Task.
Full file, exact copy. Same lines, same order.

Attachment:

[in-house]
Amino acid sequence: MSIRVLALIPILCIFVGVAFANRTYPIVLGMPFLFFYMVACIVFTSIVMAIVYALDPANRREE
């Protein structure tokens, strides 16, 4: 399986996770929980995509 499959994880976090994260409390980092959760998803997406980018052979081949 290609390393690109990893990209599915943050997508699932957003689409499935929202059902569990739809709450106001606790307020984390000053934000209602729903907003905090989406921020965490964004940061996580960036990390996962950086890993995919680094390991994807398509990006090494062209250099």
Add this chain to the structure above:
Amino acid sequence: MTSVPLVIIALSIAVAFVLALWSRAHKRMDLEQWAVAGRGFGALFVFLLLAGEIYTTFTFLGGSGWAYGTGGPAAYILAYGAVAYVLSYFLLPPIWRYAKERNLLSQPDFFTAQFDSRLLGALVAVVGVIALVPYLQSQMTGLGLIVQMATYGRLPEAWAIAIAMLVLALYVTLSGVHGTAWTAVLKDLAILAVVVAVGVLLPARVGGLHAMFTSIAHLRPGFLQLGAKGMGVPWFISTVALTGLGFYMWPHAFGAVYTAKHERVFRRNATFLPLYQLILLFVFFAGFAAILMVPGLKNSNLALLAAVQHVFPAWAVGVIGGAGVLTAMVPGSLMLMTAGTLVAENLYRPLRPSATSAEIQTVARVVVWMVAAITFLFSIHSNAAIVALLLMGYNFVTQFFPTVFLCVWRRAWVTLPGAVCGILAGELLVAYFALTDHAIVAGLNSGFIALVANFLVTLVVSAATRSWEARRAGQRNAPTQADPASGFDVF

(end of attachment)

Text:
[in-house]
Amino acid sequence: MSIRVLALIPILCIFVGVAFANRTYPIVLGMPFLFFYMVACIVFTSIVMAIVYALDPANRREE
């Protein structure tokens, strides 16, 4: 399986996770929980995509 499959994880976090994260409390980092959760998803997406980018052979081949 290609390393690109990893990209599915943050997508699932957003689409499935929202059902569990739809709450106001606790307020984390000053934000209602729903907003905090989406921020965490964004940061996580960036990390996962950086890993995919680094390991994807398509990006090494062209250099």
Add this chain to the structure above:
Amino acid sequence: MTSVPLVIIALSIAVAFVLALWSRAHKRMDLEQWAVAGRGFGALFVFLLLAGEIYTTFTFLGGSGWAYGTGGPAAYILAYGAVAYVLSYFLLPPIWRYAKERNLLSQPDFFTAQFDSRLLGALVAVVGVIALVPYLQSQMTGLGLIVQMATYGRLPEAWAIAIAMLVLALYVTLSGVHGTAWTAVLKDLAILAVVVAVGVLLPARVGGLHAMFTSIAHLRPGFLQLGAKGMGVPWFISTVALTGLGFYMWPHAFGAVYTAKHERVFRRNATFLPLYQLILLFVFFAGFAAILMVPGLKNSNLALLAAVQHVFPAWAVGVIGGAGVLTAMVPGSLMLMTAGTLVAENLYRPLRPSATSAEIQTVARVVVWMVAAITFLFSIHSNAAIVALLLMGYNFVTQFFPTVFLCVWRRAWVTLPGAVCGILAGELLVAYFALTDHAIVAGLNSGFIALVANFLVTLVVSAATRSWEARRAGQRNAPTQADPASGFDVF